By Janet Makepeace, PCC. As a leader, running toward comfort in your career can be a roadblock to your success. Experience and knowledge that you bring with you on your leadership journey shapes your ability as you take on broader leadership roles. Becoming comfortable can stagnate your leadership growth, so being intentional about being uncomfortable could bring more growth and ultimately more success.
During your leadership journey, you’ll come to crossroads where you need to decide what direction you want to go. Do you choose the road you know, or do you chose the unknown route? The unknown route, will for sure be up a hill or filled with curves. The decision should be made based on your desire to develop as a leader.
If you stay in your “Comfort Zone,” that is fine and don’t expect great continued learning. In the comfort zone, you thrive and can perform your role with your eyes shut.
If you chose the unknown road, you’d likely enter the “Learning Zone.” In the learning zone, you won’t have all the answers and will be forced to explore new information and ways to perform in your role = growth!
The zone you want to avoid is the “Panic Zone.” When you are here, you could feel helpless, anxious, or stuck. Preventing entry into the panic zone is essential to be able to perform.
There are several things to help you maneuver when you chose the uncomfortable road into the learning zone.
- Bring a Growth Mindset. “A “growth mindset,” thrives on challenge and sees failure not as evidence of unintelligence but as a heartening springboard for growth and for stretching our existing abilities.” Carol Deweck, Stanford University, author of Mindset, The New Psychology of Success.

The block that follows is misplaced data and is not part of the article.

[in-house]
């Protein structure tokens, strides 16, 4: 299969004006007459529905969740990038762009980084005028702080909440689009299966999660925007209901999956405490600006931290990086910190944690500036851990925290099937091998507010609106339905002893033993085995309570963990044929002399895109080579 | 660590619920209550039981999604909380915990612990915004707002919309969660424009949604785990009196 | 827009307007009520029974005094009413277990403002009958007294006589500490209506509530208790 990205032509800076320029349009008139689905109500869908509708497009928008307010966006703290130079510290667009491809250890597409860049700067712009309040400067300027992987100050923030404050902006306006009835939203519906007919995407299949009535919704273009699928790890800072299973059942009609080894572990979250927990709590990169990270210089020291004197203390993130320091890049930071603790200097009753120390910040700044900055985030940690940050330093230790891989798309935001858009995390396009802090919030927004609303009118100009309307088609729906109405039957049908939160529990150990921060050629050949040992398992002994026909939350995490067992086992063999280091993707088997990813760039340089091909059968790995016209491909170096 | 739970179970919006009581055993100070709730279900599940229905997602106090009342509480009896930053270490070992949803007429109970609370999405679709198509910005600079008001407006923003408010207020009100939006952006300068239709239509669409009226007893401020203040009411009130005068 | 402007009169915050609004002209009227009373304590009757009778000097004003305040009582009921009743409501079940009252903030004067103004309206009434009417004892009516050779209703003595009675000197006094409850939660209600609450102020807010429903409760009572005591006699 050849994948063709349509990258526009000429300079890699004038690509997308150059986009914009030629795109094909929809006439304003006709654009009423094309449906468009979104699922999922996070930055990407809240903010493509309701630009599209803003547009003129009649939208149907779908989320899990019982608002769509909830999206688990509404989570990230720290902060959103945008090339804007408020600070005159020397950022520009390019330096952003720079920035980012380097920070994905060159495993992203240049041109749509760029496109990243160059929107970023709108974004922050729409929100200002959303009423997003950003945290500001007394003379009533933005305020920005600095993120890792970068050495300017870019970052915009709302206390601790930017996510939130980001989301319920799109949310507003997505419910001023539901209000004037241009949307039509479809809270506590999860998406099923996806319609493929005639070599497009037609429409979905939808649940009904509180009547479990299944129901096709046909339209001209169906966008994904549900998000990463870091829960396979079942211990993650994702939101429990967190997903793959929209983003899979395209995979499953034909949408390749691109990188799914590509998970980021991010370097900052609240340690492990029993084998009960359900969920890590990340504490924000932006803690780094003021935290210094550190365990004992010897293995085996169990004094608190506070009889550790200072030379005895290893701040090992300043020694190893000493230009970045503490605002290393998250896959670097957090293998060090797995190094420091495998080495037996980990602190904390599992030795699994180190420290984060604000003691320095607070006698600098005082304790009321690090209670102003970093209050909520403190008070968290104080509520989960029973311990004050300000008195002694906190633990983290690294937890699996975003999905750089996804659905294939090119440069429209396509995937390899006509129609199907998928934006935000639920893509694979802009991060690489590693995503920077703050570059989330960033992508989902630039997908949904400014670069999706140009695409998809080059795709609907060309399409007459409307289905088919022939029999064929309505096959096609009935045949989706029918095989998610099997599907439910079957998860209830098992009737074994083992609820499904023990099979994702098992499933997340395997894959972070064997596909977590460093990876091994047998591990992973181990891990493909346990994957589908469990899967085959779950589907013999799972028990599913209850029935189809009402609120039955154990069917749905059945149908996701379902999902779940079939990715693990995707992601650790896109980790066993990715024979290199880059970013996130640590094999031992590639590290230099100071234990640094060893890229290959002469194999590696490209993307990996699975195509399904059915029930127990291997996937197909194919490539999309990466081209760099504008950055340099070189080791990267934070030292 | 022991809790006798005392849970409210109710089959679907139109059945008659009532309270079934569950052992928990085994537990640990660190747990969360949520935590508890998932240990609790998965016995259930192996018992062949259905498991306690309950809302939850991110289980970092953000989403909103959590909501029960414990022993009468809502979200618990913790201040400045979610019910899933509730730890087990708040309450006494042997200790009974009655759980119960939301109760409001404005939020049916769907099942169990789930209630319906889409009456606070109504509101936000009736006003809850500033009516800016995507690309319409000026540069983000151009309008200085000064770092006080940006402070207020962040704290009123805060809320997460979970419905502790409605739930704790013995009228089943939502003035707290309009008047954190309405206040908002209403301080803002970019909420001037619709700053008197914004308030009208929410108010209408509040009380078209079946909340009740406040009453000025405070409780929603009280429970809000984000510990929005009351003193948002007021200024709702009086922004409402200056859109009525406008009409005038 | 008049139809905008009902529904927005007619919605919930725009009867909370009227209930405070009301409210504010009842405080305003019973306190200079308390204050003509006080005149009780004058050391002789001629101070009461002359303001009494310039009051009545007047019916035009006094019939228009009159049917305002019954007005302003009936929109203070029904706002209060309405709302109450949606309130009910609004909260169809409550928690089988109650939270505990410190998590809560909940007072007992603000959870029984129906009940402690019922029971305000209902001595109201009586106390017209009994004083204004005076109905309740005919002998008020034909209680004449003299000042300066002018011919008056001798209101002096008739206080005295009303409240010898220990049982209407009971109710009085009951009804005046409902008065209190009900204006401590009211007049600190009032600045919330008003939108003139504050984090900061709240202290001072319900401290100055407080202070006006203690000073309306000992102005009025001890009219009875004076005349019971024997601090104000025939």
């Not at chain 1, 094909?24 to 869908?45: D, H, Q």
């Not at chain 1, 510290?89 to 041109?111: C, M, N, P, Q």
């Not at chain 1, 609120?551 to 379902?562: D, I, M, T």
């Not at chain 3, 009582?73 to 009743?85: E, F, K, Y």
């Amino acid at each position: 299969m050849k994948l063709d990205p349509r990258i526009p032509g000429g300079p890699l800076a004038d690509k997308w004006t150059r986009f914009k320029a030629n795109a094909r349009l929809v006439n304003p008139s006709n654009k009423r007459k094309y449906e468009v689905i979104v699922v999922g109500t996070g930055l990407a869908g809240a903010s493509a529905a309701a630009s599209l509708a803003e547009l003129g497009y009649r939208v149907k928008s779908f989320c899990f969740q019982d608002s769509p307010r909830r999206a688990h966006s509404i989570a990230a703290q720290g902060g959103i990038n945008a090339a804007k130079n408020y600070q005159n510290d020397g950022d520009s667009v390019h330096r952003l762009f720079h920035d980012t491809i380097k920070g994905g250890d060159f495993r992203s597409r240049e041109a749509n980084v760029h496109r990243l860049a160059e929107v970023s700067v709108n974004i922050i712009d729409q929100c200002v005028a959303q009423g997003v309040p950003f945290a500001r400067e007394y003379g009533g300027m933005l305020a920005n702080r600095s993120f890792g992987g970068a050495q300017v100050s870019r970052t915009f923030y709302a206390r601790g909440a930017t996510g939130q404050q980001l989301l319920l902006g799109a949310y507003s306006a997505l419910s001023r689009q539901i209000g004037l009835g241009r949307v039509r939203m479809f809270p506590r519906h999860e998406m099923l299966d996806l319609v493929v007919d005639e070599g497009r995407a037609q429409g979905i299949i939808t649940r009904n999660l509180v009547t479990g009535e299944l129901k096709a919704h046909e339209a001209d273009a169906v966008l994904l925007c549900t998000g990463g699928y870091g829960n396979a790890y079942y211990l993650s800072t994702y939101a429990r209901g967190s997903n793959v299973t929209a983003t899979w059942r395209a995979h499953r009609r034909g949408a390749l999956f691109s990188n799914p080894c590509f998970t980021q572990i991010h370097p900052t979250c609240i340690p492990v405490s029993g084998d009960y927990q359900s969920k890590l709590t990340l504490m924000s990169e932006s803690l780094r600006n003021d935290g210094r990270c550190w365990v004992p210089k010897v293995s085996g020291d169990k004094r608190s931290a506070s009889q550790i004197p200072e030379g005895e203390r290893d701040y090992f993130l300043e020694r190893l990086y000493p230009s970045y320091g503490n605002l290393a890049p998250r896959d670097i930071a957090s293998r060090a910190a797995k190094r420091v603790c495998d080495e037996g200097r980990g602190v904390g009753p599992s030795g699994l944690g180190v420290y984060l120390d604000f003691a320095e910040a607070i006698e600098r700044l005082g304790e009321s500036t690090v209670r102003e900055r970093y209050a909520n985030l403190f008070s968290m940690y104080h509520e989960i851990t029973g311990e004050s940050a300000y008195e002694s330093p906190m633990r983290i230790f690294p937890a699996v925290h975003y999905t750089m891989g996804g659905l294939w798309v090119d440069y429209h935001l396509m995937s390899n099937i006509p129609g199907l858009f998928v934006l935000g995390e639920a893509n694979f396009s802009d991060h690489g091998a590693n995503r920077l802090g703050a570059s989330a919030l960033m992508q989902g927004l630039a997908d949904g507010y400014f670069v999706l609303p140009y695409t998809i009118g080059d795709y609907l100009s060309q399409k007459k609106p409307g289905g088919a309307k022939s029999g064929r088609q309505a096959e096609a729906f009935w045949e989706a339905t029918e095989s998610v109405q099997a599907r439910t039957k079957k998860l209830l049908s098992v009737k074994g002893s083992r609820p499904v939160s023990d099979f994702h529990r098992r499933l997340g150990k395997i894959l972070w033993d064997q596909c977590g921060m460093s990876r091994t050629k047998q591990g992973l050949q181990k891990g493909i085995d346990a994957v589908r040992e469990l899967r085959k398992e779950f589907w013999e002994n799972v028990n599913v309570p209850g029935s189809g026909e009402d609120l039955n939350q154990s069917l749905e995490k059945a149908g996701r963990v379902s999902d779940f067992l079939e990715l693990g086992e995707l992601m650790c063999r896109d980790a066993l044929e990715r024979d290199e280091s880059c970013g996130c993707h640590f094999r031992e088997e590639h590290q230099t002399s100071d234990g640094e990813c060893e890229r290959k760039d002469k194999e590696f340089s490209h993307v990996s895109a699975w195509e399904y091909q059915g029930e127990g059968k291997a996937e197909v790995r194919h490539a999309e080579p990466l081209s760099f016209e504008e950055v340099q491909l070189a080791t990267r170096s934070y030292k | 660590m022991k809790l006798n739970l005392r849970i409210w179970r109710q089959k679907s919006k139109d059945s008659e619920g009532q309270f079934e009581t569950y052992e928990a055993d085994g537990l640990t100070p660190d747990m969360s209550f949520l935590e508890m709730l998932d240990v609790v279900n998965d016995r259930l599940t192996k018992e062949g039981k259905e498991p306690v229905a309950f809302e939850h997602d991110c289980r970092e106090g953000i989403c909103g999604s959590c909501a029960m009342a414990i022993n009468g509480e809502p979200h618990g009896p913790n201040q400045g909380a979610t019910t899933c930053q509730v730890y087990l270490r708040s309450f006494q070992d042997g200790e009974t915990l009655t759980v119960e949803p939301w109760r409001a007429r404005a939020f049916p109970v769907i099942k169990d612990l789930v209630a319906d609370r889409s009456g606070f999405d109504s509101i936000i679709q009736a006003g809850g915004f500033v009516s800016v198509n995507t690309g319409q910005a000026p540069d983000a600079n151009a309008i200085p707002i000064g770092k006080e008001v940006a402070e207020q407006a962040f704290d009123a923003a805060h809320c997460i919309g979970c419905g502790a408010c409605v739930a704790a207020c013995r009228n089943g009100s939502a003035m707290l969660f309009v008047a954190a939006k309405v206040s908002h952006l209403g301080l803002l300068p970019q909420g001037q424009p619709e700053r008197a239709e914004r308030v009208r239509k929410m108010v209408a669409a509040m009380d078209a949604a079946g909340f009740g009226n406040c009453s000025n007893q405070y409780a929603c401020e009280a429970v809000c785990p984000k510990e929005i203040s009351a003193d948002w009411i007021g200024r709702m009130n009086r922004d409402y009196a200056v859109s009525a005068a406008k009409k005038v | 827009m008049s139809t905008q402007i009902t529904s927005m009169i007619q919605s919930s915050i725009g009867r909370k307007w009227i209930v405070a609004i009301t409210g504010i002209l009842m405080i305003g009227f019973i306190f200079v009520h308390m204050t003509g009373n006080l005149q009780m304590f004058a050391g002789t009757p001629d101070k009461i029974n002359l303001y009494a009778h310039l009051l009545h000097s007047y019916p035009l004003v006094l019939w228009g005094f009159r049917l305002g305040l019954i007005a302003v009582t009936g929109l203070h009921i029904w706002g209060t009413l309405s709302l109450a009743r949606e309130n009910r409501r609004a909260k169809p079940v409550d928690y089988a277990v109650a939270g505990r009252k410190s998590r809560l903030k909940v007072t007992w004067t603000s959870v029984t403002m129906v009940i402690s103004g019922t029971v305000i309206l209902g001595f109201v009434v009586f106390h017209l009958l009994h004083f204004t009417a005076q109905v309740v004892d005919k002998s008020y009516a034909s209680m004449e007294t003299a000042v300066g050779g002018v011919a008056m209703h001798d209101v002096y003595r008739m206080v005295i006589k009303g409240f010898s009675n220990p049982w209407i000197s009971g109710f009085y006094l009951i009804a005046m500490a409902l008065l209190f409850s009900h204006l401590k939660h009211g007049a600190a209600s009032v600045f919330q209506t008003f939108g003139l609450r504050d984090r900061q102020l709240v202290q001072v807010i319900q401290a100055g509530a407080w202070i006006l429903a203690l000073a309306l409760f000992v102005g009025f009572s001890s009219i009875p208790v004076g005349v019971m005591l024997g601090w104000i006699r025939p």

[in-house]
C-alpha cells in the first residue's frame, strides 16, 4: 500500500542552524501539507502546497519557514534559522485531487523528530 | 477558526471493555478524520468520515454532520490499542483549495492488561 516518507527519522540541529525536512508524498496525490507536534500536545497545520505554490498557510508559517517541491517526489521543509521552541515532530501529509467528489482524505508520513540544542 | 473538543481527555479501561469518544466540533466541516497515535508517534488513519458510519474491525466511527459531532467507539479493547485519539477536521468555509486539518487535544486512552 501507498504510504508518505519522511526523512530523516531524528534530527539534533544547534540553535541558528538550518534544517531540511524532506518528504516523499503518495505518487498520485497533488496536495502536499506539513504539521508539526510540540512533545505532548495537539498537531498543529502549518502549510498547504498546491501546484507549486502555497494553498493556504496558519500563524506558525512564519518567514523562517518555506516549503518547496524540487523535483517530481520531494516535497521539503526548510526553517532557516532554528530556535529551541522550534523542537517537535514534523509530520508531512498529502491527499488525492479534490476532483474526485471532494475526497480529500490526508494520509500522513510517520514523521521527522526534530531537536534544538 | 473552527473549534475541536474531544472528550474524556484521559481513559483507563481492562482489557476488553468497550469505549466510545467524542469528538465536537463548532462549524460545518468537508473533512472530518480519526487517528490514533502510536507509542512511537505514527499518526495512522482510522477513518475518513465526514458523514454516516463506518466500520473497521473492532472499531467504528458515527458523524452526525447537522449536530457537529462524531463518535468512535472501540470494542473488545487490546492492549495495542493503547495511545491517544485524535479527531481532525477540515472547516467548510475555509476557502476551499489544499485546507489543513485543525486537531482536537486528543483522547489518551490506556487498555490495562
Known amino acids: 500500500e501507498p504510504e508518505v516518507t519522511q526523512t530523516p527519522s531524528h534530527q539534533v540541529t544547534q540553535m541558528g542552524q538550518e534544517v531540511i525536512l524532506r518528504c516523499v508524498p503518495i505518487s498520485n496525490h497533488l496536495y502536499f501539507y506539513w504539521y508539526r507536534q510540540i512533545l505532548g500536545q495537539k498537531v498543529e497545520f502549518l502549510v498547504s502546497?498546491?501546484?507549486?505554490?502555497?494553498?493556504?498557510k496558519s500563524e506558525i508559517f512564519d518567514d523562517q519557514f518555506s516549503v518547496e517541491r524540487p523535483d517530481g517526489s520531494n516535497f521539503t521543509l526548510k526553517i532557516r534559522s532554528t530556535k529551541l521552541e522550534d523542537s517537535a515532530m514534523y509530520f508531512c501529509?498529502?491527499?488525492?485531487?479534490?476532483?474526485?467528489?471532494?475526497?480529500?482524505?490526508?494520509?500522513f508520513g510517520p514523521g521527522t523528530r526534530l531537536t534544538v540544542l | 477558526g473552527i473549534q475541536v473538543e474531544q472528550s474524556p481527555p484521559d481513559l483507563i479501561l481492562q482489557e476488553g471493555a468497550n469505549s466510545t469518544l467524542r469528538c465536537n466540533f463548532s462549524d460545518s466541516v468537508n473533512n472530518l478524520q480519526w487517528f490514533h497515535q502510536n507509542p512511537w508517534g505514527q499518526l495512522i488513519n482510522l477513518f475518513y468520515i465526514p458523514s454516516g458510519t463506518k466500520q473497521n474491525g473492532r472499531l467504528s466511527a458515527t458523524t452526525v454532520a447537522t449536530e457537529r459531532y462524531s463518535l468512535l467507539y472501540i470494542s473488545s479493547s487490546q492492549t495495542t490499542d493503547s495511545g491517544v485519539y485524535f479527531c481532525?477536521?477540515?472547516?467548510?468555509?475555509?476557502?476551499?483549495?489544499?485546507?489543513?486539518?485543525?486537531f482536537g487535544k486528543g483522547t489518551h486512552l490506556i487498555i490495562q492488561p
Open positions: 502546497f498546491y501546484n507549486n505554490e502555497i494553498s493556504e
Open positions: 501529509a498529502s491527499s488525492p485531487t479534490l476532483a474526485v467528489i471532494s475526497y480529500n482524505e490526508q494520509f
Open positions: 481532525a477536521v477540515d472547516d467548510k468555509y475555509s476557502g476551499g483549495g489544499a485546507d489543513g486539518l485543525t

- Work with a Coach. Working with a coach won’t give you advice and will provide you a partner to challenge you to discover unknown awareness and how adapting your actions can lead to better results. When you are learning, a coach will support, not direct, your journey.
- Value your Team. You are leading a team that has most likely been there longer than you. Connecting with and learning from your team early on can help you springboard into understanding what you’ll need to be learning. If you ignore the value of your team, it could take significantly longer to get where you want to go.
Like any other journey, be prepared when you take the road into the “Learning Zone.” This zone is where you will thrive in growth as a leader, so set yourself up for success by bringing the right mindset and partnering with those who can help you the most. (Senninger, 2000). Read more about getting out of your comfort zone, and challenging yourself.
To learn more about growing your leadership skills and finding your learning zone, schedule a consultation with Janet.